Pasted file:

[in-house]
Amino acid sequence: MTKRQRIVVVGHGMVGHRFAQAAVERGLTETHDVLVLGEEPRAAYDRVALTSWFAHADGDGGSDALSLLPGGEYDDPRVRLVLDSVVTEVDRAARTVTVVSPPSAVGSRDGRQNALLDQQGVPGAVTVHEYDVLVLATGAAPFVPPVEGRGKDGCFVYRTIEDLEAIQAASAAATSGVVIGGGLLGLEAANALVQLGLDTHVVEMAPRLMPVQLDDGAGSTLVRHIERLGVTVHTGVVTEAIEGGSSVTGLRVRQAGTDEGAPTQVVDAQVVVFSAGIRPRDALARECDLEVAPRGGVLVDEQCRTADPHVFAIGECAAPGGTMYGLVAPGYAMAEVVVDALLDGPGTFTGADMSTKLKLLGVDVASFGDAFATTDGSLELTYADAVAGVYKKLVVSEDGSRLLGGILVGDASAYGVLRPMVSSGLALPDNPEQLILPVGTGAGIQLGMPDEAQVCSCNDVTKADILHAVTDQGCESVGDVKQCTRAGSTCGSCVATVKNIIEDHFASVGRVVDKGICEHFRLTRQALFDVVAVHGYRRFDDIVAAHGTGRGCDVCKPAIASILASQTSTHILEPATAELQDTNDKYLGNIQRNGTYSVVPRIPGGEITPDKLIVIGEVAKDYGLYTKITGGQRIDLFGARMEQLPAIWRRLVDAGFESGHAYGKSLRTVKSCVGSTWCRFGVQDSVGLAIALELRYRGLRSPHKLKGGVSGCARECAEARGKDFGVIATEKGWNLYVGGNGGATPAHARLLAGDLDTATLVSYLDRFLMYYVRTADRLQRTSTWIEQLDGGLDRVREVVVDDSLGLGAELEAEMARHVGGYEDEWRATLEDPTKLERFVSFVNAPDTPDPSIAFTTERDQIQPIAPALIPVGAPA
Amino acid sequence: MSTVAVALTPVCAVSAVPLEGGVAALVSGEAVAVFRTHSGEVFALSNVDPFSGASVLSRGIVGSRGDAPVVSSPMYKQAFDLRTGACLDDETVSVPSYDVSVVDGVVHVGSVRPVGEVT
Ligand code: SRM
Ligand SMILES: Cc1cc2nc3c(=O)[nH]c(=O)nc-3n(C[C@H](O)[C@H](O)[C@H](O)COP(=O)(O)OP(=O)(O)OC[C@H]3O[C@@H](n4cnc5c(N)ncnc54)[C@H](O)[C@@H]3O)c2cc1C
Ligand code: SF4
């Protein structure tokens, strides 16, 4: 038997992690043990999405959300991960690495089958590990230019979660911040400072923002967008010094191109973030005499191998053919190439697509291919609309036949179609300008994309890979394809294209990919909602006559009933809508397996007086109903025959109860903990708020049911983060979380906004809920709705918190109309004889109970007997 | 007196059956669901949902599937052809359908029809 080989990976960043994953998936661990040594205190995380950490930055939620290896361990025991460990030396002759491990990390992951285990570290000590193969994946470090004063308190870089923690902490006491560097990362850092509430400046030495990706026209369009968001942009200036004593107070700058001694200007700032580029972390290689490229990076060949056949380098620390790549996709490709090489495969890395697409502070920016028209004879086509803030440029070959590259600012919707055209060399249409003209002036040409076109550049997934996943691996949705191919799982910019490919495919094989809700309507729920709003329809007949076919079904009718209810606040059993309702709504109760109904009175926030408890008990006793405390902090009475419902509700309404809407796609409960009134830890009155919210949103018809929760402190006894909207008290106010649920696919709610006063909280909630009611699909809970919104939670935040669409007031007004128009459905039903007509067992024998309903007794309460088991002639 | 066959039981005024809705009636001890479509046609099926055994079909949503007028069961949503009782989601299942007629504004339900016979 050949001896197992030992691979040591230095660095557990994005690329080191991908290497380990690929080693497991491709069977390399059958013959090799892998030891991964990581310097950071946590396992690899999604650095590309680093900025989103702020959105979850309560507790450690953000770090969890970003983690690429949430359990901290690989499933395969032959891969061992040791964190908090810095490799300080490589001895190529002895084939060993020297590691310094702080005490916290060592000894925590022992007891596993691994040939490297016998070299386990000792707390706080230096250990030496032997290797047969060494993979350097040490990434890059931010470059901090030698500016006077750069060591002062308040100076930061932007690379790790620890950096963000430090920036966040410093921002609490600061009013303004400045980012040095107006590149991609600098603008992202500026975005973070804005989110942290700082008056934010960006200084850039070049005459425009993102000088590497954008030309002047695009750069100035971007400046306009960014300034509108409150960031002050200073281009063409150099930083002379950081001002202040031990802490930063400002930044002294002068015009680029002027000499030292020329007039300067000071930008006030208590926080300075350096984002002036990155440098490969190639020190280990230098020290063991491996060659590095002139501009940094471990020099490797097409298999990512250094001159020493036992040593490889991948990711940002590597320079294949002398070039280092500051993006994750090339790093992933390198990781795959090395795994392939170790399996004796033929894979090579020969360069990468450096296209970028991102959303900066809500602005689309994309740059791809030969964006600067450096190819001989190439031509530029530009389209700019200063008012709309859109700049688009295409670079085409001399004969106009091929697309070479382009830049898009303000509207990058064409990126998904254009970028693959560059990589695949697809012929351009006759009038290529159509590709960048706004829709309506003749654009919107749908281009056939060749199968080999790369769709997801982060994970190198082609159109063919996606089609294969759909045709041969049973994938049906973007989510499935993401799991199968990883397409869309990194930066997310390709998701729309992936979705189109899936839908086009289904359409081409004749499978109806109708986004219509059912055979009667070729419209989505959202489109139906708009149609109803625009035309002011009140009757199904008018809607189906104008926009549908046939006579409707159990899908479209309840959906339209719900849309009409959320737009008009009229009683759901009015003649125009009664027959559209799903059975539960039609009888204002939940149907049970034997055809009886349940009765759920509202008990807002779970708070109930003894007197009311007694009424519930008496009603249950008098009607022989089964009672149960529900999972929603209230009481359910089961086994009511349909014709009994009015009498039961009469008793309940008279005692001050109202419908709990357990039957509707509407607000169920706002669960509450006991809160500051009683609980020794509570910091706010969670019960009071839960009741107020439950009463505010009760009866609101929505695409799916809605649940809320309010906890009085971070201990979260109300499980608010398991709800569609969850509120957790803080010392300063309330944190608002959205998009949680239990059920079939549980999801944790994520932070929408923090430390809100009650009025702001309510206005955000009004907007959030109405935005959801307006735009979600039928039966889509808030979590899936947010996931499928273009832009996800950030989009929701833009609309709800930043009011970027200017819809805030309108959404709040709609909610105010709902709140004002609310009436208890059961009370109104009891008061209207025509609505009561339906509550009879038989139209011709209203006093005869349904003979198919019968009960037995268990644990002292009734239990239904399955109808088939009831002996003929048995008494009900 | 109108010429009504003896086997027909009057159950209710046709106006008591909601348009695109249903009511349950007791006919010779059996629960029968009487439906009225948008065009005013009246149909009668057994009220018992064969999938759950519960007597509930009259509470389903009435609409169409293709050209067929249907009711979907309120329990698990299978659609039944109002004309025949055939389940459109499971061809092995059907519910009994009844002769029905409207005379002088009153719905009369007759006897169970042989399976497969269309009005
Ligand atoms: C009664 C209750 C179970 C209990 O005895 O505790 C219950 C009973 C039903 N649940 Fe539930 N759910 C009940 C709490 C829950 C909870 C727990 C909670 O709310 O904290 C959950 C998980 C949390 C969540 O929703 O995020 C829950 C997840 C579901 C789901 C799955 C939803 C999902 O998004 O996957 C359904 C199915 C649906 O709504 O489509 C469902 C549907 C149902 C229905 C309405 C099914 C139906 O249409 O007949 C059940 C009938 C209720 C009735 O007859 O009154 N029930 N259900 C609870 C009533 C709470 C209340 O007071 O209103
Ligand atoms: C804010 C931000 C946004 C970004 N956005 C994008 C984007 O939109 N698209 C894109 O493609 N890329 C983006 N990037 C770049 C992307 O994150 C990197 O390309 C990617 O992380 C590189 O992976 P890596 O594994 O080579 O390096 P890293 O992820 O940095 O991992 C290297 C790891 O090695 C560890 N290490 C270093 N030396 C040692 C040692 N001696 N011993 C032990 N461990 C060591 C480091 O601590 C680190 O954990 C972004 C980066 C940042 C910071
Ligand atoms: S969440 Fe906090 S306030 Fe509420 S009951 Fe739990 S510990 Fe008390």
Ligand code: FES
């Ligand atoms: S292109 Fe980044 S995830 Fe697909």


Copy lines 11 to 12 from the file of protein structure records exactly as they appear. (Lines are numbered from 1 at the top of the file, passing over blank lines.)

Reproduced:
Ligand code: FES
């Ligand atoms: S292109 Fe980044 S995830 Fe697909």